|Fast Break: Jeff Green drives Celtics over Pistons||04.03.13 at 10:14 pm ET|
Jeff Green scored a game-high 34 points — including a dagger 3-pointer with 45 seconds left — Paul Pierce and Brandon Bass each added 17, and the Kevin Garnett-less Celtics beat the Pistons, 98-93. A 76ers loss locked the C’s into the playoffs, and a Bucks loss gave them a 2.5-game cushion over the eight seed.
WHAT WENT RIGHT
Slump busting: In an attempt to emerge from his recent shooting struggles, Avery Bradley came out firing for the second straight game, and it’s working. He made 6-of-11 jumpers against the Timberwolves on Monday in his highest-scoring night since March 5. And he followed that up with a 5-of-6 night on jump shots against the Pistons. In his 13 previous games, Bradley made just 22-of-70 attempts (30 percent) from beyond 10 feet.
Green Day: Once again, Green shined in his seventh straight start for the injured Garnett. He entered Wednesday’s game averaging 21.4 points (55 FG%), 5.9 rebounds, 3.6 assists, 1.4 blocks and 1.1 steals in 10 starts this season. He added six rebounds and four blocks to his 34 points on 13-of-19 shooting against the Pistons. Five-man Celtics units featuring Green were a combined plus-152, and all but one of them were in the black, according to 82games.com’s most recent updated on March 21.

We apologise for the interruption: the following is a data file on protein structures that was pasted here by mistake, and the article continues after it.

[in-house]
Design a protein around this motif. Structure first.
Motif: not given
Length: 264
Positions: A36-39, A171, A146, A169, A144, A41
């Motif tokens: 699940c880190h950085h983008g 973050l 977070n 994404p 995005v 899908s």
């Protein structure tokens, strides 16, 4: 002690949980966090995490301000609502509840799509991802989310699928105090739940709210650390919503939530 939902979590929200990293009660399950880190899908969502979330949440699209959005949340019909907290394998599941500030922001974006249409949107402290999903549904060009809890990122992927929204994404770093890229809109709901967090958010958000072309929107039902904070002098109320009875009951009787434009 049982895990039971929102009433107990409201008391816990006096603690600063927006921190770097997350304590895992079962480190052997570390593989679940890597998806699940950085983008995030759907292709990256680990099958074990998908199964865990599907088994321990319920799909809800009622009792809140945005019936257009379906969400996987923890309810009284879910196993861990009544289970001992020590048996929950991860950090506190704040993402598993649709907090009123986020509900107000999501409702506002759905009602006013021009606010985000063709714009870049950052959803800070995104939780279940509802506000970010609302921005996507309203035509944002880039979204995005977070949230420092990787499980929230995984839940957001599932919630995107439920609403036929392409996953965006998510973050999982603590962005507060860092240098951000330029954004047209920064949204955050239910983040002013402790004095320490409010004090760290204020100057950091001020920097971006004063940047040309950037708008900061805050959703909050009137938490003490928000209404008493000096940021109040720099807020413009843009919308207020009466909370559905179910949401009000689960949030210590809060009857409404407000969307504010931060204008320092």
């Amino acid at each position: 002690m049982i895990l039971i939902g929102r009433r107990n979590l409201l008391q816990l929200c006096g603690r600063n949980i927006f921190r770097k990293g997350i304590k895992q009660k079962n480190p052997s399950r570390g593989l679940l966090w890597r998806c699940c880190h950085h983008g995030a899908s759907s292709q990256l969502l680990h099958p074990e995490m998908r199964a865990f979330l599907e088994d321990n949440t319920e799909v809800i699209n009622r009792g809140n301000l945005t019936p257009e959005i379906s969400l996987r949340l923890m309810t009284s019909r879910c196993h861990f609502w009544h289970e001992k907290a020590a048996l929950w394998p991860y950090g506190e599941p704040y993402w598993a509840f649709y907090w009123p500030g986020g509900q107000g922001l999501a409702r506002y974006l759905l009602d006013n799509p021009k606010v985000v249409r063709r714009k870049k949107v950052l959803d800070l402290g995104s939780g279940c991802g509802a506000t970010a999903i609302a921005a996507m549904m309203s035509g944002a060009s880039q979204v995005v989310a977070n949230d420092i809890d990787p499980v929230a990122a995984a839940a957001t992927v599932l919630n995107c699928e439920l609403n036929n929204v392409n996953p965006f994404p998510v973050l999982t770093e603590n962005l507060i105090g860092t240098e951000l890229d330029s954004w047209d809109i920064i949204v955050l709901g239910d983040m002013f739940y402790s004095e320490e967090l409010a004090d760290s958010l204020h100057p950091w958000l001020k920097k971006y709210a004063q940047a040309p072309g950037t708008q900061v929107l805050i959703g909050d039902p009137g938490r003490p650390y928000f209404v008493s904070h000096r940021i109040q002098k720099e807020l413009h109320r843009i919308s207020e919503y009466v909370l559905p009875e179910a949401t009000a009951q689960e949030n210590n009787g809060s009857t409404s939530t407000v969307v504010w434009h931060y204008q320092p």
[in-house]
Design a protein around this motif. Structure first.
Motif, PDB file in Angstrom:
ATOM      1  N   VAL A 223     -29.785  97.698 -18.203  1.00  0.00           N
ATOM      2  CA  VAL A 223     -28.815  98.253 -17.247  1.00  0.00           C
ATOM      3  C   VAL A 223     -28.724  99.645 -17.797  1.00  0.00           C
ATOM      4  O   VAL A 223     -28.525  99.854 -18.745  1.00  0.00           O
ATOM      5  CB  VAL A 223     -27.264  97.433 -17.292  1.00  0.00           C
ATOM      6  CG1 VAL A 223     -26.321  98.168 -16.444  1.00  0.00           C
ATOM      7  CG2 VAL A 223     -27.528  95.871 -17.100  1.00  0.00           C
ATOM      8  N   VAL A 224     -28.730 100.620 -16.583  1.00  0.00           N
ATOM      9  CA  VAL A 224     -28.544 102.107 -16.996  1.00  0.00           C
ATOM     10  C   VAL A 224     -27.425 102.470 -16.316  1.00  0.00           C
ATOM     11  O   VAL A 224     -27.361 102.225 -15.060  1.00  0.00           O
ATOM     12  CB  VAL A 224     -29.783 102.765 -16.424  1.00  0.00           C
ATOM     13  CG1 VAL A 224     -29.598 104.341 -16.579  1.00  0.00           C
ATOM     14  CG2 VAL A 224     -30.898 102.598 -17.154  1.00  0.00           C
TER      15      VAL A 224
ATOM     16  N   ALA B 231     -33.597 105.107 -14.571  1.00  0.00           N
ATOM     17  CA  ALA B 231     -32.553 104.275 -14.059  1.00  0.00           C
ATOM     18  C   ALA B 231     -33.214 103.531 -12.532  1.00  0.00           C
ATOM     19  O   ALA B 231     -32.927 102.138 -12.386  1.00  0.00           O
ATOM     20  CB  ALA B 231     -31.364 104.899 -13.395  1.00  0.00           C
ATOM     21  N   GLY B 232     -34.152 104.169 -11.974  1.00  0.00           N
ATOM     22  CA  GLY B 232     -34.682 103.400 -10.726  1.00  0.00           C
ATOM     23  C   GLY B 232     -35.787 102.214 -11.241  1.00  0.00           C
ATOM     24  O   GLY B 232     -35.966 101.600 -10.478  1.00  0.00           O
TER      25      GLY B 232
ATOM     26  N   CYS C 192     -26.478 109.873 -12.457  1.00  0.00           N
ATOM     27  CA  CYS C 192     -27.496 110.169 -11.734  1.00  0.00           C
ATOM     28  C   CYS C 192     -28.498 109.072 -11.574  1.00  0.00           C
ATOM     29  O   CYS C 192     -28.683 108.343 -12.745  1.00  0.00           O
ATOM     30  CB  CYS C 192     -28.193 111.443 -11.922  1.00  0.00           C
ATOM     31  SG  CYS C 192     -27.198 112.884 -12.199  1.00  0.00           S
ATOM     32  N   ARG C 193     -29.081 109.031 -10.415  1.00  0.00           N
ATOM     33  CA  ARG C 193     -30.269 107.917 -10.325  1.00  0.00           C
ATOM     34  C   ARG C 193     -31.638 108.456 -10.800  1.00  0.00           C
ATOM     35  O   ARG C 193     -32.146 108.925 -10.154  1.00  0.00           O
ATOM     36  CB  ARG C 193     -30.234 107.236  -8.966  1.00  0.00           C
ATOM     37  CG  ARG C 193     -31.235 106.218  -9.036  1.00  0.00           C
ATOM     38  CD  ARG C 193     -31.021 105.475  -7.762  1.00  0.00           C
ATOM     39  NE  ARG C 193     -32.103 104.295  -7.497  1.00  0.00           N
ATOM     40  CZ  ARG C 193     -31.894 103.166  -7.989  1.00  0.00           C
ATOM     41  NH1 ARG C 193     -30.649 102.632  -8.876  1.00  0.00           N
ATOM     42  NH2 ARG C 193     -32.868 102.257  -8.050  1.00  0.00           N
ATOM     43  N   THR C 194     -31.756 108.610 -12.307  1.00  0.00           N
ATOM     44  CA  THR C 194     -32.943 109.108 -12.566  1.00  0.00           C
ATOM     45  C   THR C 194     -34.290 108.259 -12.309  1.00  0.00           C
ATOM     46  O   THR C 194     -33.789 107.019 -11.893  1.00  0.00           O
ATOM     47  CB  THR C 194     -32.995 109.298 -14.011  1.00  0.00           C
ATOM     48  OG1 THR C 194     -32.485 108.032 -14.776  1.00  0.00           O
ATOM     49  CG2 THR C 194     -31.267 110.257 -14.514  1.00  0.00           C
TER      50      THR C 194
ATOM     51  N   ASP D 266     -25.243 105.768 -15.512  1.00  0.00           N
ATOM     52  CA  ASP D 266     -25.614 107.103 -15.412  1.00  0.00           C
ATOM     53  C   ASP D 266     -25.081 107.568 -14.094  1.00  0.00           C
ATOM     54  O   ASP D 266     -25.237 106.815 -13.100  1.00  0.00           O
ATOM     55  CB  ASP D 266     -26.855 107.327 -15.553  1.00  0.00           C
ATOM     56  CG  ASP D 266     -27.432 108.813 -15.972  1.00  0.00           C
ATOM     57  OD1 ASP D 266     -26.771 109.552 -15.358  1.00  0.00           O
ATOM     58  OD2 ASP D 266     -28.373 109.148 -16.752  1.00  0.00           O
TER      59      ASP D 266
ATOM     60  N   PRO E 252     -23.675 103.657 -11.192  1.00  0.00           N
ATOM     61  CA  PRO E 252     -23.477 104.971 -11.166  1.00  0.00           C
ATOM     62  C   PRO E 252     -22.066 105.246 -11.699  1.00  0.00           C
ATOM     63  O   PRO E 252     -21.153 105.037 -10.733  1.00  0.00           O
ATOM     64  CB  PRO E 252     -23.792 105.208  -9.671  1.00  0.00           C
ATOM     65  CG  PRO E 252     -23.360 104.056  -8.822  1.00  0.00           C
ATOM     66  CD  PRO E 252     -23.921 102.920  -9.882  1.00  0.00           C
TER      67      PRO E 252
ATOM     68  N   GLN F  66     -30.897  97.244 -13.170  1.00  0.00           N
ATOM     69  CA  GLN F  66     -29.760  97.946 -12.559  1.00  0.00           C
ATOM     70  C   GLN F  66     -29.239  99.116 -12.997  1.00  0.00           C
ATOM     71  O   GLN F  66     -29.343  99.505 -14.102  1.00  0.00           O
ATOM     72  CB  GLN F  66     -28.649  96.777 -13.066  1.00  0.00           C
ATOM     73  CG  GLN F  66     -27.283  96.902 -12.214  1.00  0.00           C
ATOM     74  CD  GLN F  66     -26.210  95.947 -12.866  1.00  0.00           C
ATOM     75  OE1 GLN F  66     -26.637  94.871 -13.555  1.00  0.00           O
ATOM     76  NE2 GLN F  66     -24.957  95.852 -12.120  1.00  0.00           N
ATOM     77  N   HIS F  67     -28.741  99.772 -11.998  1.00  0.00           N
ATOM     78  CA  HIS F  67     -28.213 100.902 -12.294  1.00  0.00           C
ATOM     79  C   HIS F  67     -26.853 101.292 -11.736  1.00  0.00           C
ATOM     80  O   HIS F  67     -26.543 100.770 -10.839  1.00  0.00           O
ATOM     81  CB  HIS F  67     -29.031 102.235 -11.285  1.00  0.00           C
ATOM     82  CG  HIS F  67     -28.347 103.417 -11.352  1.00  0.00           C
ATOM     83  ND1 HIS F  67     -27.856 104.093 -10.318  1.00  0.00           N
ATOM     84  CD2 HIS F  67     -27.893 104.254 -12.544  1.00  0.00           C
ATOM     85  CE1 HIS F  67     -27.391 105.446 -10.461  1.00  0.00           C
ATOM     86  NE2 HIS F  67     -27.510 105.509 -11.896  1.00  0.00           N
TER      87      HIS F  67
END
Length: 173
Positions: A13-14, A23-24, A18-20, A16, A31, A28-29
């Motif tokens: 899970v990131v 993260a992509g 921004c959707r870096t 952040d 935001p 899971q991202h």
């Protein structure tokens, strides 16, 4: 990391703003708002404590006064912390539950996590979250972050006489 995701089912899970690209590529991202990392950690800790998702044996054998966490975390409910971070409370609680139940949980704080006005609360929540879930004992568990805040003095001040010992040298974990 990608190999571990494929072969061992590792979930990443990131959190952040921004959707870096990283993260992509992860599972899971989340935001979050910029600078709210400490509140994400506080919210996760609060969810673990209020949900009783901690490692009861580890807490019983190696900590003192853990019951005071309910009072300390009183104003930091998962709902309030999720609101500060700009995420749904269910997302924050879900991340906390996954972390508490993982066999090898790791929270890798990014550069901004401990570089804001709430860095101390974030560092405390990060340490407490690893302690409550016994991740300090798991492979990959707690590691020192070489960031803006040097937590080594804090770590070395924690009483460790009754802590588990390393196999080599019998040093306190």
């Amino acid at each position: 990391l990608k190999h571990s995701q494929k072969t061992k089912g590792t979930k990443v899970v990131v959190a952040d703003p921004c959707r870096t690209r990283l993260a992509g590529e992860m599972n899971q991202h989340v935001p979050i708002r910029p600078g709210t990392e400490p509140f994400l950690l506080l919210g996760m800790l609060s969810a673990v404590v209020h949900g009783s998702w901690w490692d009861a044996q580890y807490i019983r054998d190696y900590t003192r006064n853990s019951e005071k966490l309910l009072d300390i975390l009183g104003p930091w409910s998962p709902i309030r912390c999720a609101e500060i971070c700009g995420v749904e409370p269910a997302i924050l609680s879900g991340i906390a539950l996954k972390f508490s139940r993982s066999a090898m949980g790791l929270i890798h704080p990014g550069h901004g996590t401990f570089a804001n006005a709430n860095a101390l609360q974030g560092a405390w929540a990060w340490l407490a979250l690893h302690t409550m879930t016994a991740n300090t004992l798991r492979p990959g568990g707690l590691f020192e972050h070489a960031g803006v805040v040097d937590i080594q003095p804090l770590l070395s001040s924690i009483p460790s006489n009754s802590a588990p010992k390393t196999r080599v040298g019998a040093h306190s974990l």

Defending their honor: Somehow, the Celtics lost their two previous games to Detroit this season by a combined 35 points, allowing 103 points each time. This time around, sans Garnett, the C’s held the Pistons to 36.6 percent shooting (16.7 3P%), as pitbulls Bradley and Courtney Lee held Detroit’s starting backcourt to 7-of-26 from the field. Of course, Bass’s 17 points on eight shots and seven boards didn’t hurt, either.
WHAT WENT WRONG
Paint job: The Pistons scored their first 12 points in the paint. Here’s how it went down: Andre Drummond from 6 feet, Greg Monroe layup, Kyle Singler layup, Drummond layup, Monroe layup and Rodney Stuckney layup. Not good. Detroit out-rebounded the C’s 8-0 on the offensive glass (Drummond 5), scored 18-of-30 first-quarter points in the key and took a five-point edge on Monroe’s eight points, four rebounds and three assists. Also not good. When all was said and done, Detroit outscored the Celtics 58-28 in the paint.
Sloppy second half: With 3:49 left in the third quarter, the Celtics took a 74-56 lead on Chris Wilcox‘s one and only bucket. That’s the good news. The bad: The Pistons closed the third quarter on an 11-0 run thanks to nine points from Monroe and Jonas Jerebko. When Jerebko (19 points) converted a 3-point play to start the fourth quarter, the C’s 18-point lead was trimmed to four, and the teams had themselves a ballgame.
Extra chances: The Celtics shot 50.7 percent from the field. The Pistons shot 36.6 percent. So, how in the heck was it a three-point game midway through the fourth quarter? Turnovers, for one. The C’s committed 16 of them, leading to 20 Detroit points. And offensive rebounds. The Pistons grabbed almost as many offensive boards (25) as defensive (27), giving the visitors 22 more shots for the game.